wireless networks. Leveraging the multiple integrated access point (multi-radio)
design of the Xirrus Wireless AP, RPM manages the allocation of wireless
bandwidth to wireless stations across multiple RF channels. The result maximizes
overall network performance with superior flexibility and capacity.
Today's wireless infrastructure is faced with ever increasing numbers and
variations of wireless enabled clients, whether in the form of notebooks, tablets,
smart phones, IP phones, printers, projectors, cameras, RFID tags, etc. The advent
of higher speed wireless and its increased use of the 5GHz spectrum adds to the
number of variables today's wireless networks must accommodate. Backwards
compatibility with older clients is crucial, however their operation in a wireless
network can significantly hinder the performance of faster clients. As an example,
802.11b wireless stations communicate more than 10 times slower than 802.11n
stations.
Wireless Access Point
22 Introduction
With each of the AP’s multiple radios operating on a different channel, RPM
selects the ideal radio for each station. High-speed stations are grouped together
on radios with other high speed stations, while lower speed stations are combined
with other lower speed stations. This ensures optimal performance for high-speed
802.11ac stations without compromise.
The complete feature set of the RPM package includes:
z
Wireless Distribution System (WDS) for point-to-point communication
z
Wireless Mode per IAP
z
Sharp Cell technology
z
Wireless Data Rate Optimization
z
Wireless Traffic Shaping
z
Wireless Voice Call Admission Control
z
Fast Layer 2 and 3 Roaming
z
Standby Mode
Xirrus Advanced RF Security Manager (RSM)
The Xirrus RSM improves security and minimizes the risk in deploying 802.11
wireless networks. Leveraging an integrated 24/7 threat sensor and hardware-
based encryption/decryption in each AP, RSM secures the wireless network from
multiple types of threats. The result delivers uncompromised overall network
security with superior flexibility and performance.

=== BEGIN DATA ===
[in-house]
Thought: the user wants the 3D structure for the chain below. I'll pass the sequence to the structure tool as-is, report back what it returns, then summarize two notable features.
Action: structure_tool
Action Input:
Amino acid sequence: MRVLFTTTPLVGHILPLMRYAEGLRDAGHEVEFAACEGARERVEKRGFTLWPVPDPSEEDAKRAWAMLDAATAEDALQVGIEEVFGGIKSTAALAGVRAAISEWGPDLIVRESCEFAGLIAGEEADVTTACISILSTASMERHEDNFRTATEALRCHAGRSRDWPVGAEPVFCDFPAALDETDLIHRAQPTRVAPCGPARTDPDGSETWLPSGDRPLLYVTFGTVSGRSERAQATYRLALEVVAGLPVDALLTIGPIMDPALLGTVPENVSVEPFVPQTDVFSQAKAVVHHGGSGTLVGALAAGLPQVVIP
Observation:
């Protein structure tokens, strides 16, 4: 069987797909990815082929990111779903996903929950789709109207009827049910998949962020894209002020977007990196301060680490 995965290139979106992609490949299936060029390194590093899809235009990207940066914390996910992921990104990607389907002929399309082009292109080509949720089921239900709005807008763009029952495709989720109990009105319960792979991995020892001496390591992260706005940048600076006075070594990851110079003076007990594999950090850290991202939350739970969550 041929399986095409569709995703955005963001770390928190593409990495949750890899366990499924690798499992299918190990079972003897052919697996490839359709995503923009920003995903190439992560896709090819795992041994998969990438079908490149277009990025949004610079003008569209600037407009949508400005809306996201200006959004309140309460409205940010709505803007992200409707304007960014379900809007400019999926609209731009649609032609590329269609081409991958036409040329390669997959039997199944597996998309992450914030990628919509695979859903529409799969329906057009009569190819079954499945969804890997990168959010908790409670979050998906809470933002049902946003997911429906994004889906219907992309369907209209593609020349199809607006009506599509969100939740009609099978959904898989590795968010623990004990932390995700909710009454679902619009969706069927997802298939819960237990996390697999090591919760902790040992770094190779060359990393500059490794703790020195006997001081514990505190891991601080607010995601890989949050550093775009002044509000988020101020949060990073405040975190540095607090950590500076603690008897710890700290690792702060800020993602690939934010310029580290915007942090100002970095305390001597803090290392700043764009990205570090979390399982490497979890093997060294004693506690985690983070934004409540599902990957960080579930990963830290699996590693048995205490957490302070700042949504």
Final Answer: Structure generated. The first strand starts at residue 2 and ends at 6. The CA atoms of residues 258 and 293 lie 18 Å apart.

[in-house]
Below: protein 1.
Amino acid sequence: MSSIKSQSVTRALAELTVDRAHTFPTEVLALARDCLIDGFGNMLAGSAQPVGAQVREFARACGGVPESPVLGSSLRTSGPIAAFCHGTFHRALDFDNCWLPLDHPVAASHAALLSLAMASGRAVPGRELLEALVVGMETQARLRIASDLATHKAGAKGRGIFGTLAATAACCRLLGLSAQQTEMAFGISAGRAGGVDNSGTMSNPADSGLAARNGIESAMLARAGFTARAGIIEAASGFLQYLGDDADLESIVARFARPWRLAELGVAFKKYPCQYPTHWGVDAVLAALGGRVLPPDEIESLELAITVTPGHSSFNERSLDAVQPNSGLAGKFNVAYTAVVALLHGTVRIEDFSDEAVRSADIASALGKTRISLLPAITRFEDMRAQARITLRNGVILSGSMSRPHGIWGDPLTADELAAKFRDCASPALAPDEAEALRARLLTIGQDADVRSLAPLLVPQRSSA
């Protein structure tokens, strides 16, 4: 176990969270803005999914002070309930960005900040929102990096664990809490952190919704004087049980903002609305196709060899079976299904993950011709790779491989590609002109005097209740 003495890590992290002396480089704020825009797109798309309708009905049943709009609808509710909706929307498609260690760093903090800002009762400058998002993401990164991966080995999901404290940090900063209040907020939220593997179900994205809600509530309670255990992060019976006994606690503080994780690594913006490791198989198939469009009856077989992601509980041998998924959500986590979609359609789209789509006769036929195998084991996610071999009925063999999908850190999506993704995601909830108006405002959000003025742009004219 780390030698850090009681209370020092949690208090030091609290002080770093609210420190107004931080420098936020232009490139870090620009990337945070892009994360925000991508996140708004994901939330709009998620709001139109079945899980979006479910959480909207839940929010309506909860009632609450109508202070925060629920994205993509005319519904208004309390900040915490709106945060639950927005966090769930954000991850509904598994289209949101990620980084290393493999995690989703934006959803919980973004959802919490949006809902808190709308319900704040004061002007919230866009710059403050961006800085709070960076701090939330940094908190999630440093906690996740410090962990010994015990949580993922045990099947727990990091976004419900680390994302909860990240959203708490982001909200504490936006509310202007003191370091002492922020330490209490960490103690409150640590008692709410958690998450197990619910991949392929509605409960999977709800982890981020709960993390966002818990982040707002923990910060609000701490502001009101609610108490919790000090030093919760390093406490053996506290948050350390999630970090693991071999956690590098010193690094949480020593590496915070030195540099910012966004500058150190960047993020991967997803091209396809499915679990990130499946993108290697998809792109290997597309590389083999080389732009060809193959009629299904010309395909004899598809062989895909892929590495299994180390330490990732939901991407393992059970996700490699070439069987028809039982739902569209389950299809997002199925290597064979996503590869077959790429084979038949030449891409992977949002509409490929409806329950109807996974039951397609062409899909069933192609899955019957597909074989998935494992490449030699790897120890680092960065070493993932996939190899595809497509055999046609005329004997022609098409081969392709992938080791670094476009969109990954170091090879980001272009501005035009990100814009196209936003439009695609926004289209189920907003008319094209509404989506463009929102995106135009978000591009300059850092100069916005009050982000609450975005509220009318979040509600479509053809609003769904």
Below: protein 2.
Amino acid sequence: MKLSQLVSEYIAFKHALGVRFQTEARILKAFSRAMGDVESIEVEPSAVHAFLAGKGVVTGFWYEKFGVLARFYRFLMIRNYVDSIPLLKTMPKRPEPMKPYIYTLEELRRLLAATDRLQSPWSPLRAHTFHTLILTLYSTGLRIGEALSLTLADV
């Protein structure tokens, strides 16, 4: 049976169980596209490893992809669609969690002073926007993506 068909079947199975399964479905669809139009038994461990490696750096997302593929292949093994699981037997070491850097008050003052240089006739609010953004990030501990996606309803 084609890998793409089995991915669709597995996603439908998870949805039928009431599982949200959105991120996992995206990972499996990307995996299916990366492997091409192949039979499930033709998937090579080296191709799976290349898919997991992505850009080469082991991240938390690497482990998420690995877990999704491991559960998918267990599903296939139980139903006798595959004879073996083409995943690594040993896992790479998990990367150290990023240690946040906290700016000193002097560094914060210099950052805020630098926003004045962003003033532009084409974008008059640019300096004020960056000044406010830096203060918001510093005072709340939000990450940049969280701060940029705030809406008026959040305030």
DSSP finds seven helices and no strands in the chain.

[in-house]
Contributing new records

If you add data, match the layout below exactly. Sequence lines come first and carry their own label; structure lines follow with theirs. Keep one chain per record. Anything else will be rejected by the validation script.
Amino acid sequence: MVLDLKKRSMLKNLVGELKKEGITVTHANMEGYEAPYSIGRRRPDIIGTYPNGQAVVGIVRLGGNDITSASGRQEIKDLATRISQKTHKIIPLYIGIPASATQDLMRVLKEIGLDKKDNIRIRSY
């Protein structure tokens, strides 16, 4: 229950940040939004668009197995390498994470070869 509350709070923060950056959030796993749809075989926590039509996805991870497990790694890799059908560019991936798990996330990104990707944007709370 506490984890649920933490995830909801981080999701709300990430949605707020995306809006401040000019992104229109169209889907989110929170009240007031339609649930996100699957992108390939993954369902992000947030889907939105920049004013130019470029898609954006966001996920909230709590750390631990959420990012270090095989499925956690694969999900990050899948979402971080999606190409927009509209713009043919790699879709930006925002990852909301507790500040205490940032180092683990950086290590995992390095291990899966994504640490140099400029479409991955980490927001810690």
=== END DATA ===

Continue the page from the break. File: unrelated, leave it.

Wireless networks face a number of potential security threats in the form of rogue
access points, ad-hoc clients, unauthorized clients, wireless-based attacks,
eavesdropping, etc. As “bring your own device” (BYOD) becomes ubiquitous in
enterprise networks, defending against these threats becomes more critical. With
the AP’s threat sensor radio scanning all channels in the 2.4GHz and 5GHz
spectrums, RSM searches for security threats and automatically mitigates them.
High performance encryption/decryption in the enterprise wireless network is a
must. The wireless network needs to support each client using the highest level of
encryption (WPA2 Enterprise/128 bit AES) and without degrading the overall
performance of the network. Xirrus incorporates hardware-based encryption/
Wireless Access Point
Introduction 23
decryption into each AP, delivering line-rate encryption at the edge of the
network instead of at a choke point within a centralized controller.
The complete feature set of the RSM package includes:
z
Wireless IDS/IPS (Intrusion Detection/Prevention System)
z
Wireless stateful firewall
z
User group policies
z
Authenticated guest access gateway
z
NAC integration
Xirrus Advanced RF Analysis Manager (RAM)
The RF Advanced Analysis Manager (RAM) tests and troubleshoots wireless
networks. The deployment of 802.11ac presents a set of unique challenges based
on technology differences with legacy 802.11a/b/g/n networks, both on the
wireless infrastructure and client side. Xirrus RAM equips each Wireless AP with
a powerful set of tools and features to optimally tune and verify an 802.11ac
installation, as well as give IT administrators the ability to troubleshoot issues
that may occur within the wireless environment.
802.11ac deployment will continue to evolve over the next several years with
additional performance and optional functions, along with an ongoing stream of
IEEE 802.11 amendments. This changing wireless landscape mandates that
appropriate tools are available to the user to analyze, optimize, and troubleshoot
their changing environments.
The distributed architecture of the AP enables the execution of powerful wireless
and networking analysis at the edge of the network where packets traverse the
wireless-to-wired boundary. The AP includes an embedded wireless controller
with the necessary computing and memory resources to provide these functions
securely at the network's edge.
The key elements of the RAM package include:
z
RF Analysis – An embedded Spectrum Analyzer leverages the dedicated
threat sensor radio in each Wireless AP to provide a continual view of
utilization, interference, and errors across all available wireless channels.
Wireless Access Point
24 Introduction
z
Packet Analysis – Integrated packet capture provides filterable views of
all traffic traversing on the wired and wireless interfaces of the AP.
z
Performance Analysis – Embedded traffic generation enables the
throughput of the AP’s wireless or wired interfaces to be analyzed.
z
Failure Recovery – Radio Assurance provides an automatic self-test and
self healing mechanism that ensures continuous system operation.
z
Netflow Support
z